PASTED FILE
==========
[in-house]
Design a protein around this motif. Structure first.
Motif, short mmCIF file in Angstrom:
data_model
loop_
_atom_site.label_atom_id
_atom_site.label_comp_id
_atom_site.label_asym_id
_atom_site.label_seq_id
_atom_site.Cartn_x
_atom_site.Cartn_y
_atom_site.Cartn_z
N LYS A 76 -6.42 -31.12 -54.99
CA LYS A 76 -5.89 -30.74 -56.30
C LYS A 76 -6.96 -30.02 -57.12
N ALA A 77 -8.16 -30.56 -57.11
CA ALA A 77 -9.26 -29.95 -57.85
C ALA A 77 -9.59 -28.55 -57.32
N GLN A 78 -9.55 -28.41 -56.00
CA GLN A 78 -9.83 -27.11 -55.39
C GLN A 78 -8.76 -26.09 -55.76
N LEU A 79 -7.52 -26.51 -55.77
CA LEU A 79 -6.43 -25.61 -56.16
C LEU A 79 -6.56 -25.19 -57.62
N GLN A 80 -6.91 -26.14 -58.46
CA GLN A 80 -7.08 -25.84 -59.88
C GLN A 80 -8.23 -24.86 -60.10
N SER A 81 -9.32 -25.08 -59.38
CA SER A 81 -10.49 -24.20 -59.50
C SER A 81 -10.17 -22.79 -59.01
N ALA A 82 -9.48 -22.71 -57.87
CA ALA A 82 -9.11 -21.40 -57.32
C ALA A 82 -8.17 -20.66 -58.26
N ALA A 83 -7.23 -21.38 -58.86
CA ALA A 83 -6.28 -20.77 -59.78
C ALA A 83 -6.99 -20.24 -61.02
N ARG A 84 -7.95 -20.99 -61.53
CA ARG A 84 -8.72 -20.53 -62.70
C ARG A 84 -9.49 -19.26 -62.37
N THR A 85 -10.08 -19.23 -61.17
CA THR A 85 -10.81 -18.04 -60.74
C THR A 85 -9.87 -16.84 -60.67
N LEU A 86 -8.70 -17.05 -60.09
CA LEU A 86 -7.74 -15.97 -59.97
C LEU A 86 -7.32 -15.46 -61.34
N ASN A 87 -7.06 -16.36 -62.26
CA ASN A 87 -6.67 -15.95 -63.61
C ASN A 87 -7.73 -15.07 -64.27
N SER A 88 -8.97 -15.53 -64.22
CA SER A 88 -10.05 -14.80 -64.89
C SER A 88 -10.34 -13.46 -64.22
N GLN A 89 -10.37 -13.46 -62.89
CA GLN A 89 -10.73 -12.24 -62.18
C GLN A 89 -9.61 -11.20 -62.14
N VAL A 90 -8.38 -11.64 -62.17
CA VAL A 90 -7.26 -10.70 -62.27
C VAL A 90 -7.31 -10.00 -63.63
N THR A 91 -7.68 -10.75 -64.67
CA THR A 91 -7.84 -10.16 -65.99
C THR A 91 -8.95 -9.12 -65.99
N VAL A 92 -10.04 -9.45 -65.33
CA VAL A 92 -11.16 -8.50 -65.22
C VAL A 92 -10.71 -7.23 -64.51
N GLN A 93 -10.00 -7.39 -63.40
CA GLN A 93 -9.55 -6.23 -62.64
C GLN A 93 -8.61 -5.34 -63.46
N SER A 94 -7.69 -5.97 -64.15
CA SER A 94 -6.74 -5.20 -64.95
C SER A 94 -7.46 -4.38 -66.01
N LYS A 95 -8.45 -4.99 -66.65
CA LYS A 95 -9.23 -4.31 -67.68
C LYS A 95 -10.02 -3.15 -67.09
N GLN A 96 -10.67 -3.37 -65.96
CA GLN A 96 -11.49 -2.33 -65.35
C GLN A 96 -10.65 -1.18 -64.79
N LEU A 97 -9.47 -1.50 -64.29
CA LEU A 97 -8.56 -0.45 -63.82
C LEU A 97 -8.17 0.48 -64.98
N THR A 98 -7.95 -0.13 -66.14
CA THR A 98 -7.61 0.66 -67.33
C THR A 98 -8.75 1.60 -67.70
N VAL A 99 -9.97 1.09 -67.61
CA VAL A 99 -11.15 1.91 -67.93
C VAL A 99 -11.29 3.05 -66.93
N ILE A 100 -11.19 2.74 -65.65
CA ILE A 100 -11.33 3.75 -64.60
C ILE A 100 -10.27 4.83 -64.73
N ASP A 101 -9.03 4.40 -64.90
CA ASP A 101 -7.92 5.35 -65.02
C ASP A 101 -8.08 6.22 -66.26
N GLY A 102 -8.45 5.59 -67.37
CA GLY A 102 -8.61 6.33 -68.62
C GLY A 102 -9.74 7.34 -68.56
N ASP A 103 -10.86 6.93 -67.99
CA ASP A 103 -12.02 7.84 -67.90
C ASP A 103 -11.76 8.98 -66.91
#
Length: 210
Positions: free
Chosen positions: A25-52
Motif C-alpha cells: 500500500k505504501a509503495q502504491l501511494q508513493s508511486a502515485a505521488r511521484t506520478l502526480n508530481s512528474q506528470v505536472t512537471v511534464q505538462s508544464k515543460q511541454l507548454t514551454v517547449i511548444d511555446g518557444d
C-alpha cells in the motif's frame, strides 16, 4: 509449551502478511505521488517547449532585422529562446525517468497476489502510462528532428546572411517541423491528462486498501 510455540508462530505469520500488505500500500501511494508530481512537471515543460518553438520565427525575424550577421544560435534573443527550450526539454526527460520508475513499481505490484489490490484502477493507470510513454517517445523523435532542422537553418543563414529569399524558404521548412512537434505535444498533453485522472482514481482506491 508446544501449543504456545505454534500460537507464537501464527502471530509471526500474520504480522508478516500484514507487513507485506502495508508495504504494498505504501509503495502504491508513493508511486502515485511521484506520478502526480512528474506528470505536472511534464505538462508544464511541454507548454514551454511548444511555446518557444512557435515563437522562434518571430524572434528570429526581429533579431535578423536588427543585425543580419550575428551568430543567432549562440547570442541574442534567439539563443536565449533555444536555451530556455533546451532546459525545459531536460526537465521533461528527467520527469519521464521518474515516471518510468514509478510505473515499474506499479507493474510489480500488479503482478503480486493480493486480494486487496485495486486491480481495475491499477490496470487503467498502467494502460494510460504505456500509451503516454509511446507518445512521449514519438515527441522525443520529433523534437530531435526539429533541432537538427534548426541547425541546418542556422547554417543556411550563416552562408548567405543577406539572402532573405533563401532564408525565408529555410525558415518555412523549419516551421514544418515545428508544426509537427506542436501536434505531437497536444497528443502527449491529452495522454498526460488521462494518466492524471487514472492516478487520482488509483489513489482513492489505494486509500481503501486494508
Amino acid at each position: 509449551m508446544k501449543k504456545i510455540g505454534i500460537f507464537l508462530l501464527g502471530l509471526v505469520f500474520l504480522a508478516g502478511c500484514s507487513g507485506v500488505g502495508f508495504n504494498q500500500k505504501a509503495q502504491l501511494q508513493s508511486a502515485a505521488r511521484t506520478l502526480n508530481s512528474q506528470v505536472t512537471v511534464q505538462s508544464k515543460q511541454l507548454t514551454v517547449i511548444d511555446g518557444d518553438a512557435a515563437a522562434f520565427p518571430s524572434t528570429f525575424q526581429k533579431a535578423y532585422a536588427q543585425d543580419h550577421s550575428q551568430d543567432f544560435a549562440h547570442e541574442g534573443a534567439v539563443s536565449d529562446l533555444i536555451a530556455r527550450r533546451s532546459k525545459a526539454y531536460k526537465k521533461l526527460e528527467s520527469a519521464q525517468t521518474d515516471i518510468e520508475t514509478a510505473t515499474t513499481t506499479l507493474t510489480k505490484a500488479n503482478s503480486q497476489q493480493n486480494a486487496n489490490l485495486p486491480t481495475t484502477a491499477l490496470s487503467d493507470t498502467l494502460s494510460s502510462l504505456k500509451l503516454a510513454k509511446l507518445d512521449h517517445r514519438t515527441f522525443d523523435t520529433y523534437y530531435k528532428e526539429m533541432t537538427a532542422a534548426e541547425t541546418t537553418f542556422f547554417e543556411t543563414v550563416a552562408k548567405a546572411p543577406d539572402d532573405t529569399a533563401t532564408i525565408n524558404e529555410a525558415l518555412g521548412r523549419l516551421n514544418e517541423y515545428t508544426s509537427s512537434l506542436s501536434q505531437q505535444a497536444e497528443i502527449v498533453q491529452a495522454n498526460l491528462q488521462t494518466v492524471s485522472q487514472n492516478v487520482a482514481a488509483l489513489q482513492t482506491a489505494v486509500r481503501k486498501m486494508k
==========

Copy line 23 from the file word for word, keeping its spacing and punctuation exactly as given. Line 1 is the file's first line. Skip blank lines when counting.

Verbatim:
CA LEU A 79 -6.43 -25.61 -56.16